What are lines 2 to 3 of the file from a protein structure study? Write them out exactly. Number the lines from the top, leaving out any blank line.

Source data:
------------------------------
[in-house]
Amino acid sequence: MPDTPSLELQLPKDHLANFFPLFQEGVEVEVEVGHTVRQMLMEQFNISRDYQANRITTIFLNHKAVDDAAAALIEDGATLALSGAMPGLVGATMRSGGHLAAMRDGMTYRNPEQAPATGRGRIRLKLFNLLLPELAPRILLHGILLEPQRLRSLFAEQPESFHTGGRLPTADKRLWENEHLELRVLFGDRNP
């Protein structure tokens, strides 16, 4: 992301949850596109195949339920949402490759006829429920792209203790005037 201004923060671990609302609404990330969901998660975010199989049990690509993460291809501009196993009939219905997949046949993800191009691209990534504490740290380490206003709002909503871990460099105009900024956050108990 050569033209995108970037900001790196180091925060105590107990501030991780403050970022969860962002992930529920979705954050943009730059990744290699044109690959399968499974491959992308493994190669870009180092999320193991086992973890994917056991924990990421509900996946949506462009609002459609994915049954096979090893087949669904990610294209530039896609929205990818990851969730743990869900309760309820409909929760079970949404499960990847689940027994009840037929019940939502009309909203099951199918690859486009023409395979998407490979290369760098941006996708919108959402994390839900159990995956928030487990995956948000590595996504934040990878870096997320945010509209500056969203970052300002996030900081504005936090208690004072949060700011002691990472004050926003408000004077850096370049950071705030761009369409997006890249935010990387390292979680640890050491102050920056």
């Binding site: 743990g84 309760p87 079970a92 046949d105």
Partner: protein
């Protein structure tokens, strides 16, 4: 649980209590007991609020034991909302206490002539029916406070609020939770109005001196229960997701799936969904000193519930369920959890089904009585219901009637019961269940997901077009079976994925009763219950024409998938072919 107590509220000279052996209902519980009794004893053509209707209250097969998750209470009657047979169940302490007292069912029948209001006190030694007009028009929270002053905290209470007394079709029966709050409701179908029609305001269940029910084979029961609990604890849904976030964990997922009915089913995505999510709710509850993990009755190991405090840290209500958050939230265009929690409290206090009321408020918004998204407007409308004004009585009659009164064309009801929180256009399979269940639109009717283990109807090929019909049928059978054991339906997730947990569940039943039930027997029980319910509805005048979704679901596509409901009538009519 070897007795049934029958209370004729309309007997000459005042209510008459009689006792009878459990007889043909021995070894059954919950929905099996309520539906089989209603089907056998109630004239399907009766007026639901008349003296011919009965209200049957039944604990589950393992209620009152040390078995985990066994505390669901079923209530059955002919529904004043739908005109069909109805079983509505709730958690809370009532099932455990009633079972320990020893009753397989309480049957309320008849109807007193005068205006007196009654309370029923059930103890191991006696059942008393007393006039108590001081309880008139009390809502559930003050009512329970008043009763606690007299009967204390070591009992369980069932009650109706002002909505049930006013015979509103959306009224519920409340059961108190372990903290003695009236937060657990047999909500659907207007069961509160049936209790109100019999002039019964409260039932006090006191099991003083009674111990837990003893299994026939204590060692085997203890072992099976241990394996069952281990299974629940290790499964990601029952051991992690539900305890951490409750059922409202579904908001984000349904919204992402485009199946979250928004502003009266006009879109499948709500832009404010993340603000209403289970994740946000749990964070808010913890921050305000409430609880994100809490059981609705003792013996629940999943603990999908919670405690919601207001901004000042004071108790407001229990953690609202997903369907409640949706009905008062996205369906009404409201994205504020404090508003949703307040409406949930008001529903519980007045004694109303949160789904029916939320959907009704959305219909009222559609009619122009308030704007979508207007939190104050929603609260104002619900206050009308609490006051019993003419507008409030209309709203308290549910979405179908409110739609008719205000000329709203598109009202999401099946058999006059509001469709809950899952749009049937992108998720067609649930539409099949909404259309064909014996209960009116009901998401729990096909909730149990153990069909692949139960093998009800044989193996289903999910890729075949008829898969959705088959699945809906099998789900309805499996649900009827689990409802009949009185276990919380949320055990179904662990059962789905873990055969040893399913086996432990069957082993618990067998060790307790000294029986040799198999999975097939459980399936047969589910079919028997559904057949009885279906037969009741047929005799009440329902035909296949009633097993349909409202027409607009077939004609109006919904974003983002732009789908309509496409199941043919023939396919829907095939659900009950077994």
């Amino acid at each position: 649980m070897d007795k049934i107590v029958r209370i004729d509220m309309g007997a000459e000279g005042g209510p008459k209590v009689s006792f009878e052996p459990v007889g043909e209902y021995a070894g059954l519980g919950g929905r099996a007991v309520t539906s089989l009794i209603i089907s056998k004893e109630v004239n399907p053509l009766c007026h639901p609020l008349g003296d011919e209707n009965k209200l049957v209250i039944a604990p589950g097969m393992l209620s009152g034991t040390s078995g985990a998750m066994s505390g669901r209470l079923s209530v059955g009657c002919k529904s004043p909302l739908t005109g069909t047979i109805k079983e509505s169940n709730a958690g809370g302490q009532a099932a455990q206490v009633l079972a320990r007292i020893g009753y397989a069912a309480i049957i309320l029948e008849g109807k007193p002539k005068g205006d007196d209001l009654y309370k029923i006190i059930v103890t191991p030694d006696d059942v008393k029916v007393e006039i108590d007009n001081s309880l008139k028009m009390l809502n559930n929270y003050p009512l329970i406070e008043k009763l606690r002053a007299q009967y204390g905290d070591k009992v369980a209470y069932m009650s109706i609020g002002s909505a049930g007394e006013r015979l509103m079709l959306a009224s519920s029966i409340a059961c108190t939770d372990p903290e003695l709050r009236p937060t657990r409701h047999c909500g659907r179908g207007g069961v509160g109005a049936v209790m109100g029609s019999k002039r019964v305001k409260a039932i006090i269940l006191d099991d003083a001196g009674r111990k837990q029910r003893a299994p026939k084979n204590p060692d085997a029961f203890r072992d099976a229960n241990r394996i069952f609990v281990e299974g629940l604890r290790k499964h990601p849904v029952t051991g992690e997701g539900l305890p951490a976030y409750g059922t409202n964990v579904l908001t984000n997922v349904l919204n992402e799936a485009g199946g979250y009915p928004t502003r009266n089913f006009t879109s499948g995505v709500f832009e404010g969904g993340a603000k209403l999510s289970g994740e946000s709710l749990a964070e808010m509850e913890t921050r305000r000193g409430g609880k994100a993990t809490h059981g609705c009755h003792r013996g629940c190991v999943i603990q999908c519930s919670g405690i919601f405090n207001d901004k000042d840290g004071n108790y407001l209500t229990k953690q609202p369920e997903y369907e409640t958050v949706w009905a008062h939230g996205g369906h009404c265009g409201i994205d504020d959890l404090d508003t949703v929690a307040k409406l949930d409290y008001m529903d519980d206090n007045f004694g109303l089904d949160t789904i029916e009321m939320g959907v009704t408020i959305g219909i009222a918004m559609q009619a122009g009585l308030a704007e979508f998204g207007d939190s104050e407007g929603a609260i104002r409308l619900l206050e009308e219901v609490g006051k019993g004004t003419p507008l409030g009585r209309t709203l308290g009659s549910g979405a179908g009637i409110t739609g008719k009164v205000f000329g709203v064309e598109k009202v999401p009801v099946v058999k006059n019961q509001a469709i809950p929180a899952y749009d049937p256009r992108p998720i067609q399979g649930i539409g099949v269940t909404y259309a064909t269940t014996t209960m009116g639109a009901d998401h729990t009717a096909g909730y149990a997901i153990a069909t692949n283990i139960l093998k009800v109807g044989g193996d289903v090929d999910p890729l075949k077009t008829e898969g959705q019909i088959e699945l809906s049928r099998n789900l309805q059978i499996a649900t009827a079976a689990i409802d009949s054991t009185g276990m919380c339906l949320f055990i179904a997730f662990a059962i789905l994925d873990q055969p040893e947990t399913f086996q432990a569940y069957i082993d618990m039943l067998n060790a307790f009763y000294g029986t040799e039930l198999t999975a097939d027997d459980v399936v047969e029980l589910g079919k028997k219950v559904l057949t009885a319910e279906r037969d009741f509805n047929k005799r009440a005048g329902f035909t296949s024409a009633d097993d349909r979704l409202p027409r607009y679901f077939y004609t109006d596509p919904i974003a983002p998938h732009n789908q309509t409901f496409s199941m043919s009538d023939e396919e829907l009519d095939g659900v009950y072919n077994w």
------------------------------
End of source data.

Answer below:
Amino acid sequence: MPDTPSLELQLPKDHLANFFPLFQEGVEVEVEVGHTVRQMLMEQFNISRDYQANRITTIFLNHKAVDDAAAALIEDGATLALSGAMPGLVGATMRSGGHLAAMRDGMTYRNPEQAPATGRGRIRLKLFNLLLPELAPRILLHGILLEPQRLRSLFAEQPESFHTGGRLPTADKRLWENEHLELRVLFGDRNP
């Protein structure tokens, strides 16, 4: 992301949850596109195949339920949402490759006829429920792209203790005037 201004923060671990609302609404990330969901998660975010199989049990690509993460291809501009196993009939219905997949046949993800191009691209990534504490740290380490206003709002909503871990460099105009900024956050108990 050569033209995108970037900001790196180091925060105590107990501030991780403050970022969860962002992930529920979705954050943009730059990744290699044109690959399968499974491959992308493994190669870009180092999320193991086992973890994917056991924990990421509900996946949506462009609002459609994915049954096979090893087949669904990610294209530039896609929205990818990851969730743990869900309760309820409909929760079970949404499960990847689940027994009840037929019940939502009309909203099951199918690859486009023409395979998407490979290369760098941006996708919108959402994390839900159990995956928030487990995956948000590595996504934040990878870096997320945010509209500056969203970052300002996030900081504005936090208690004072949060700011002691990472004050926003408000004077850096370049950071705030761009369409997006890249935010990387390292979680640890050491102050920056």